There are nearly 30,000 hectares of Acacia mangium plantations owned by Tiwi Traditional Owners. The plantations will be replanted annually to provide an ongoing source of material for harvesting and income in future years.
Hybrid eucalypts are being trialled for replanting purposes.
There are concerns that Acacia mangium can act like a weed. That’s why Tiwi Plantations has sought expert advice on the best crop to grow and Tiwi Plantations may switch to another crop, such as eucalypts. In the meantime, we carry out ongoing monitoring of areas around and downstream of plantations for incursions.
Tourism & Art Centres
Tourism and art centres are valuable sources of income and important for maintaining our culture, but they don’t generate a significant income.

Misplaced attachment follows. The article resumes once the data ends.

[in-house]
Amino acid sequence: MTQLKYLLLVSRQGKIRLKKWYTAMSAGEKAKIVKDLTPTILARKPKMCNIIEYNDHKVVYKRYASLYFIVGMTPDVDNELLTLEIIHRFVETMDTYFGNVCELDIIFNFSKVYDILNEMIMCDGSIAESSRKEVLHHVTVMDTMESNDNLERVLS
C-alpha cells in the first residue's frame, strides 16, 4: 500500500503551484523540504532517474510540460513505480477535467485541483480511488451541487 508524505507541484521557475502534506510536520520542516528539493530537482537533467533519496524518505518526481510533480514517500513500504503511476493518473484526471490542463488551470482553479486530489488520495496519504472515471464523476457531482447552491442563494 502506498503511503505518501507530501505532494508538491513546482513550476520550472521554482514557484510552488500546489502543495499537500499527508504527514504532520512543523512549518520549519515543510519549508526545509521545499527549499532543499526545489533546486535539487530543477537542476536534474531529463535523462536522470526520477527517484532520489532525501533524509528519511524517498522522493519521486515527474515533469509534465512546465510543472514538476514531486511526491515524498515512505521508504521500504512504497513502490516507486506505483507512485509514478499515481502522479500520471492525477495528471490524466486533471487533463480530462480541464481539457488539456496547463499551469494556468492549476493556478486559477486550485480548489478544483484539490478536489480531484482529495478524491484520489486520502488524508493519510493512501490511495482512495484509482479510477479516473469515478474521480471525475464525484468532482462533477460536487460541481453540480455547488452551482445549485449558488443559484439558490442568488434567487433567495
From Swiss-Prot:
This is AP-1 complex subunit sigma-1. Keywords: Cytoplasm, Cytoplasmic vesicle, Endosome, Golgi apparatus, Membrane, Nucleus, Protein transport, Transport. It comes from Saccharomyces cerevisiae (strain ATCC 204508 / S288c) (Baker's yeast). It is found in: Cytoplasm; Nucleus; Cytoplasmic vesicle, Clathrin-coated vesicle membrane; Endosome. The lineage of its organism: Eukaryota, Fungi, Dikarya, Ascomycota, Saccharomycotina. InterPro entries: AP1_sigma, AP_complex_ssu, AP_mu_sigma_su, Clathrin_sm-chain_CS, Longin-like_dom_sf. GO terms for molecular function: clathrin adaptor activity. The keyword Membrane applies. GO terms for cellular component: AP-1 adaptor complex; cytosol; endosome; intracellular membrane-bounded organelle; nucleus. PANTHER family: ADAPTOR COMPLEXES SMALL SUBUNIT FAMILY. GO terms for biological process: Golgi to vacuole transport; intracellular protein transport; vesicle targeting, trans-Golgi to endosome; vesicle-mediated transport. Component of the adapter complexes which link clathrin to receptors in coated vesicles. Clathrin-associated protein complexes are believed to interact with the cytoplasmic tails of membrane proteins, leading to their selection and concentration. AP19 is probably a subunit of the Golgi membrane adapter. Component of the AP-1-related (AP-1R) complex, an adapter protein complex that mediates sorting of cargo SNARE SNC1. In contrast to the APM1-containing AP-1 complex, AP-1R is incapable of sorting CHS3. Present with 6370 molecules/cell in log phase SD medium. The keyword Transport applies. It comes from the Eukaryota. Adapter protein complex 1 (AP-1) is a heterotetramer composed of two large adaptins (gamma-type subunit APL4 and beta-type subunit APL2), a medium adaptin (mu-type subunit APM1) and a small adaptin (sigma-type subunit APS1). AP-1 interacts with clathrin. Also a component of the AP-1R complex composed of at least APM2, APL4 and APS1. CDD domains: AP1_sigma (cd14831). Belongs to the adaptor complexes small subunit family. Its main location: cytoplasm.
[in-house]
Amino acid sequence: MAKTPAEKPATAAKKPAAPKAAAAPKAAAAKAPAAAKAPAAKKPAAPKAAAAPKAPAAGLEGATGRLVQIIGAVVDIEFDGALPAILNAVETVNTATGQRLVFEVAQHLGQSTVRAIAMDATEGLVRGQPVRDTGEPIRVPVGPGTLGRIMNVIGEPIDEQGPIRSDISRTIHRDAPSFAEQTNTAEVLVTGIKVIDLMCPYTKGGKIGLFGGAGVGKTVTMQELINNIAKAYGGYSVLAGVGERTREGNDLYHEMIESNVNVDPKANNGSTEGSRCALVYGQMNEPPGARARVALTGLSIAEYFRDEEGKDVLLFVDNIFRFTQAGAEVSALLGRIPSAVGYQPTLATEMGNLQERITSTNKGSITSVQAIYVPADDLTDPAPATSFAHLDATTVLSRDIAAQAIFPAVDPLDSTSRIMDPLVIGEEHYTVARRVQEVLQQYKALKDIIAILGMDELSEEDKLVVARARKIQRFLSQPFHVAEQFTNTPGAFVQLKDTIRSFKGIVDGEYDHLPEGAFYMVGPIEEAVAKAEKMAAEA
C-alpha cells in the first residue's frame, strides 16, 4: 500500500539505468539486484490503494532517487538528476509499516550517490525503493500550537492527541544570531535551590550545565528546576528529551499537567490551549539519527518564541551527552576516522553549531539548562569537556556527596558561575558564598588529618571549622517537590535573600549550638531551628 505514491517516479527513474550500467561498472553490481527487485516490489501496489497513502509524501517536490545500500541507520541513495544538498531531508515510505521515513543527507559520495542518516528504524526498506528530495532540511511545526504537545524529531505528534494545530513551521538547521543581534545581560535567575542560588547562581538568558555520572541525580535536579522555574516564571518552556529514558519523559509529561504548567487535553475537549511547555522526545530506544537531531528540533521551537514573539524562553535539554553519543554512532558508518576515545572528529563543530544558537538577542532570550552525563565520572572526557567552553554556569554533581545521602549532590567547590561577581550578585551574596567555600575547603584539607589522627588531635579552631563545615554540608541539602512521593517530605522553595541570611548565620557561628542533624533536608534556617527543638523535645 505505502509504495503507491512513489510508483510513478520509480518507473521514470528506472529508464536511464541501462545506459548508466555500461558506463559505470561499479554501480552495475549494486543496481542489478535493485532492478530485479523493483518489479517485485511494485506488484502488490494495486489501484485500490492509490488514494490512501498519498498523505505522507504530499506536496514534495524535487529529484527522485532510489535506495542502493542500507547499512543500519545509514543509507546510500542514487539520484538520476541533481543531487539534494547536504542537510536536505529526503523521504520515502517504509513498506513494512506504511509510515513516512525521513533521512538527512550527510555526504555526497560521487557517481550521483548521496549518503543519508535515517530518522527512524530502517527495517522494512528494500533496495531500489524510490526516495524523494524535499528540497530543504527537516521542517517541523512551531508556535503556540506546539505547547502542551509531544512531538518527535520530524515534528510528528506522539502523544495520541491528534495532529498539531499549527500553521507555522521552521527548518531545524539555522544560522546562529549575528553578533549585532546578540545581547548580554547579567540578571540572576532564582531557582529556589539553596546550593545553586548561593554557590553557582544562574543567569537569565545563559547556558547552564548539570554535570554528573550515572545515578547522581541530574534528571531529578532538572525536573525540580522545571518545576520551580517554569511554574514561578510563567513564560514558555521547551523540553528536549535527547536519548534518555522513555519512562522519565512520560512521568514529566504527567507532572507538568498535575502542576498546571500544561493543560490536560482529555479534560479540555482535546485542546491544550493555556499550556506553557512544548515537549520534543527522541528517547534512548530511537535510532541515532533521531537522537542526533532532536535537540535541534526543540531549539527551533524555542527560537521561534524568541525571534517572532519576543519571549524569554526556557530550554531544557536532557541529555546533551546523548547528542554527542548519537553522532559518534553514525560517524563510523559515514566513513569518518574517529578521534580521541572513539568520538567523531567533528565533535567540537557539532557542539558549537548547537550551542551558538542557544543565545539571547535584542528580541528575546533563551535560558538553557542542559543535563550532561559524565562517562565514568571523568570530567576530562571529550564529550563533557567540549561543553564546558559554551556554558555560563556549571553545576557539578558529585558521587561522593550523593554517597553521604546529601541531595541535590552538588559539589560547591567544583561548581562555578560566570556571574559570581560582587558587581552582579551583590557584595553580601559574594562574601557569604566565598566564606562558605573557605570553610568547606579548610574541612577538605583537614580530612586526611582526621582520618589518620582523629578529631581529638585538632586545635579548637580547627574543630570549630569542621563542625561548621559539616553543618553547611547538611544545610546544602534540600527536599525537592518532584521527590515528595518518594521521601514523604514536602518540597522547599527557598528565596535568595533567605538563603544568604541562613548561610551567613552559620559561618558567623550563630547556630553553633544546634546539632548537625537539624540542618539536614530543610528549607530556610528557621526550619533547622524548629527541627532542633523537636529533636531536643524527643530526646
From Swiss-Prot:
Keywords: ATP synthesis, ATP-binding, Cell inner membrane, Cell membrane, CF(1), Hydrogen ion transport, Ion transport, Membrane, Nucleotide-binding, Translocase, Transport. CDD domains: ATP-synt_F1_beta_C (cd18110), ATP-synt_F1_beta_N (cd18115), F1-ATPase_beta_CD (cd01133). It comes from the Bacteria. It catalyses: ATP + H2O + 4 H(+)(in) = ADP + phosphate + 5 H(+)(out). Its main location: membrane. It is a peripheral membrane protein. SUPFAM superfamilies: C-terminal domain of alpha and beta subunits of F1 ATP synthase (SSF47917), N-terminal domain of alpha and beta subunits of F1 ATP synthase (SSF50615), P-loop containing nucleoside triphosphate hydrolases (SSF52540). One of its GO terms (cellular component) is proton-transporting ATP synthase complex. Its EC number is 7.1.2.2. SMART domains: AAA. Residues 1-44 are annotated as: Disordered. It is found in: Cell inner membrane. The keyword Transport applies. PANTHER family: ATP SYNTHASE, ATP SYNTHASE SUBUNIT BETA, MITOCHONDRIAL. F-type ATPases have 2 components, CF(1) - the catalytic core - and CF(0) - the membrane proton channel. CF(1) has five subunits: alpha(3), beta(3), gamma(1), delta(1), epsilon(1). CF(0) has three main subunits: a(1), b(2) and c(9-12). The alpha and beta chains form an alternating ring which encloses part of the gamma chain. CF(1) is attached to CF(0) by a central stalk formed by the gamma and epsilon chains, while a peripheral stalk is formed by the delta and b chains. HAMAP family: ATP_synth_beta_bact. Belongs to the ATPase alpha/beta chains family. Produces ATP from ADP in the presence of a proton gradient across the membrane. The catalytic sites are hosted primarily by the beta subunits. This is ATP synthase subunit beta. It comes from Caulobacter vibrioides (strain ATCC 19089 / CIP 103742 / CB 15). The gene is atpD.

There has never been any shortage of people telling the Tiwi what to do, but the Tiwi people don’t want to live on welfare and hand-outs. That’s why we have been so determined to attract investment in big projects that can support significant workforces and generate economies.
The Future of the Project
The main focus at the moment is doing studies to determine soil types and water sources on the Tiwi Islands to guide future forestry and horticulture. There are many things to consider, such as where is the arable soil, what crops are most suitable, how do we spread the benefits across all Tiwi land-owning groups and how do we find the right balance between environmental protection and development.
There are no immediate plans to expand the forestry project. If so, Tiwi Plantations would have to apply for the appropriate environmental approvals.